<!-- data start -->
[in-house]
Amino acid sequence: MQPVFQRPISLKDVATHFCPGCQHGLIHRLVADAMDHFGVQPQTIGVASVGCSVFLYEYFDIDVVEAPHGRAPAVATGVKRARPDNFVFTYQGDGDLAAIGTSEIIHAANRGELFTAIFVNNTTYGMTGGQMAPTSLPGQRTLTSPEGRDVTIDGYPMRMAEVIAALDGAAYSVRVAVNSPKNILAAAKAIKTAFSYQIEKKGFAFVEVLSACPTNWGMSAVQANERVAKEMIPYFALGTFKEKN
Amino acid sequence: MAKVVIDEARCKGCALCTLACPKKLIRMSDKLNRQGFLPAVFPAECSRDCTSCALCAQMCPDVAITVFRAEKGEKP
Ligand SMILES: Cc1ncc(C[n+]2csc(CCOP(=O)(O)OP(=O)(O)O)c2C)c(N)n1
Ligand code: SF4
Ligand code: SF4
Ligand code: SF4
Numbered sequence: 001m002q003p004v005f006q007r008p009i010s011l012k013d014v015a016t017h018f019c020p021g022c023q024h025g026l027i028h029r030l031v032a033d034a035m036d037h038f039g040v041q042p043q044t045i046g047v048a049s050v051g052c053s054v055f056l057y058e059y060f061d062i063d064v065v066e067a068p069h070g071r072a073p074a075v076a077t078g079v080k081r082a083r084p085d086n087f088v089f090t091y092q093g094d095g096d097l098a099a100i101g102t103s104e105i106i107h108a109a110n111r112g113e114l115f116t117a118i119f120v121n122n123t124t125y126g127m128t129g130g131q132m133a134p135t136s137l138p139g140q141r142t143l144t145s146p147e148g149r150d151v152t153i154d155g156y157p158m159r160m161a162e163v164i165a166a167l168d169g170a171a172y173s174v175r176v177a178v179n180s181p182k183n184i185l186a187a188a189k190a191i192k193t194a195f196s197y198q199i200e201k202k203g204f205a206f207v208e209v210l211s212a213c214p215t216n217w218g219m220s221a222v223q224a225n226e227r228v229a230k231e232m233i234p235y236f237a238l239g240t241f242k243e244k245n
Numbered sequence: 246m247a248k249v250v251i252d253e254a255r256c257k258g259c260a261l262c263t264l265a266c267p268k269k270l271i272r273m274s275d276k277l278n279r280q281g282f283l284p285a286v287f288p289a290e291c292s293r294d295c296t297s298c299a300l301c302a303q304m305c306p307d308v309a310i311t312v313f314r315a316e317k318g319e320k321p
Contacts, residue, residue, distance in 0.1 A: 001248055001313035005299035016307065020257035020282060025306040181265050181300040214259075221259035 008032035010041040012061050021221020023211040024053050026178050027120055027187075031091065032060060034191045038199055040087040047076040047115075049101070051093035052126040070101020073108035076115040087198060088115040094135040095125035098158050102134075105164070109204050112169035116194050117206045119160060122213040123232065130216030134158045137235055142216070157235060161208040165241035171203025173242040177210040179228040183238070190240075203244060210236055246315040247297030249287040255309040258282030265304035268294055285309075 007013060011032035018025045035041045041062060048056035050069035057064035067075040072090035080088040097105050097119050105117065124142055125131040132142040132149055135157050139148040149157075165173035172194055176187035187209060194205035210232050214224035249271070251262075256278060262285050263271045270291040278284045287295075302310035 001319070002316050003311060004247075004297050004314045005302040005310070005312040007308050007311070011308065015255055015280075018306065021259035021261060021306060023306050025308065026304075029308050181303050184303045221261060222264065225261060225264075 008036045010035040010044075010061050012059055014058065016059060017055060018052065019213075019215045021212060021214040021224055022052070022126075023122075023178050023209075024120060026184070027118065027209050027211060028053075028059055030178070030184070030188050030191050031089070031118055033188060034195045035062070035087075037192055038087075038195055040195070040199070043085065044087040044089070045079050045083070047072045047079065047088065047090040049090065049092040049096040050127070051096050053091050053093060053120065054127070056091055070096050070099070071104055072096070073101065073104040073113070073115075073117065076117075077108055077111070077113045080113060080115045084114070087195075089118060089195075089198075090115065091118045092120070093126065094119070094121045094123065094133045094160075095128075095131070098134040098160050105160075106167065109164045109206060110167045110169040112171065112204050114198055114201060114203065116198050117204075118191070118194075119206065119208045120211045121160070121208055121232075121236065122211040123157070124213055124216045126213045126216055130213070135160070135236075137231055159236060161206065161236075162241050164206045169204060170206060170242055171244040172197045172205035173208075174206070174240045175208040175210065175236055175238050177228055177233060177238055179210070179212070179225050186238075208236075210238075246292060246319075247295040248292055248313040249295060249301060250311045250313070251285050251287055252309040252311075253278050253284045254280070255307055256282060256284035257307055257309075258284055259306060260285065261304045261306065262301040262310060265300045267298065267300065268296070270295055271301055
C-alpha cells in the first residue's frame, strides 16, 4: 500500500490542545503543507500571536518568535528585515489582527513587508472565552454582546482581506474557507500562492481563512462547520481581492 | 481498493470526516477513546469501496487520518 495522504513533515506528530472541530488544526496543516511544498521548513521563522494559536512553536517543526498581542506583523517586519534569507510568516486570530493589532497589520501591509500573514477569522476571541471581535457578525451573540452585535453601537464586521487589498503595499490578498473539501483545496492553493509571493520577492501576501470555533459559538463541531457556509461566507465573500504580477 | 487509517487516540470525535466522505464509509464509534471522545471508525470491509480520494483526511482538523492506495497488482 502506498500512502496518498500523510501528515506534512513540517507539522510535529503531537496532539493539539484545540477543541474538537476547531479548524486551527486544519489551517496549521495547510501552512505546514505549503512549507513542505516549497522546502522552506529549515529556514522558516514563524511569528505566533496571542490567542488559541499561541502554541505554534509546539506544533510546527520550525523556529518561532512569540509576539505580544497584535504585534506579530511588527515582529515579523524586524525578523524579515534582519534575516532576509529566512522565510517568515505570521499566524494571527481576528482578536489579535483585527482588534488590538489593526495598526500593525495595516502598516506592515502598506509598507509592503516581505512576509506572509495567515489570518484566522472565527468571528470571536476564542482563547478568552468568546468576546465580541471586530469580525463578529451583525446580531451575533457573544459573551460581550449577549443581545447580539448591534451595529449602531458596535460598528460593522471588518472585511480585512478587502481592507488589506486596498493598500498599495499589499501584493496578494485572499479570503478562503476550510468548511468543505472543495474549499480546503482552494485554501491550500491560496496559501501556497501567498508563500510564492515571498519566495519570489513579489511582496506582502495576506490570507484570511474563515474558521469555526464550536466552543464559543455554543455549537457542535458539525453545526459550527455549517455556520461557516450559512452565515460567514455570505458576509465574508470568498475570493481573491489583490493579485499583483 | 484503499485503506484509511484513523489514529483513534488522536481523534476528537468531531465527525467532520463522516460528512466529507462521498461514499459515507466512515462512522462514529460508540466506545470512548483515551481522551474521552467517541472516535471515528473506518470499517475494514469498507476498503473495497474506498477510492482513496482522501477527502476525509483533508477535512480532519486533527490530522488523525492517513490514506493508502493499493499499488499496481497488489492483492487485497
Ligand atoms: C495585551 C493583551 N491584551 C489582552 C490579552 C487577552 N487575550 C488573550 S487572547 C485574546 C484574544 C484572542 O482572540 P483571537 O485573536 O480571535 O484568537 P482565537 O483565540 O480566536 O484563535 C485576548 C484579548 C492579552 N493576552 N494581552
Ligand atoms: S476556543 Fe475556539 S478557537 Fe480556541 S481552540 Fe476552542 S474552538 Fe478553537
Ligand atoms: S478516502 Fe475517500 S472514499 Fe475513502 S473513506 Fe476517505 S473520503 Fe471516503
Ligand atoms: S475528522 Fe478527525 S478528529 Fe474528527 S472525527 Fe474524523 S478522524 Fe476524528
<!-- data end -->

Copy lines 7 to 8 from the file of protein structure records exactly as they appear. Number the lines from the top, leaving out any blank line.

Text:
Ligand code: SF4
Numbered sequence: 001m002q003p004v005f006q007r008p009i010s011l012k013d014v015a016t017h018f019c020p021g022c023q024h025g026l027i028h029r030l031v032a033d034a035m036d037h038f039g040v041q042p043q044t045i046g047v048a049s050v051g052c053s054v055f056l057y058e059y060f061d062i063d064v065v066e067a068p069h070g071r072a073p074a075v076a077t078g079v080k081r082a083r084p085d086n087f088v089f090t091y092q093g094d095g096d097l098a099a100i101g102t103s104e105i106i107h108a109a110n111r112g113e114l115f116t117a118i119f120v121n122n123t124t125y126g127m128t129g130g131q132m133a134p135t136s137l138p139g140q141r142t143l144t145s146p147e148g149r150d151v152t153i154d155g156y157p158m159r160m161a162e163v164i165a166a167l168d169g170a171a172y173s174v175r176v177a178v179n180s181p182k183n184i185l186a187a188a189k190a191i192k193t194a195f196s197y198q199i200e201k202k203g204f205a206f207v208e209v210l211s212a213c214p215t216n217w218g219m220s221a222v223q224a225n226e227r228v229a230k231e232m233i234p235y236f237a238l239g240t241f242k243e244k245n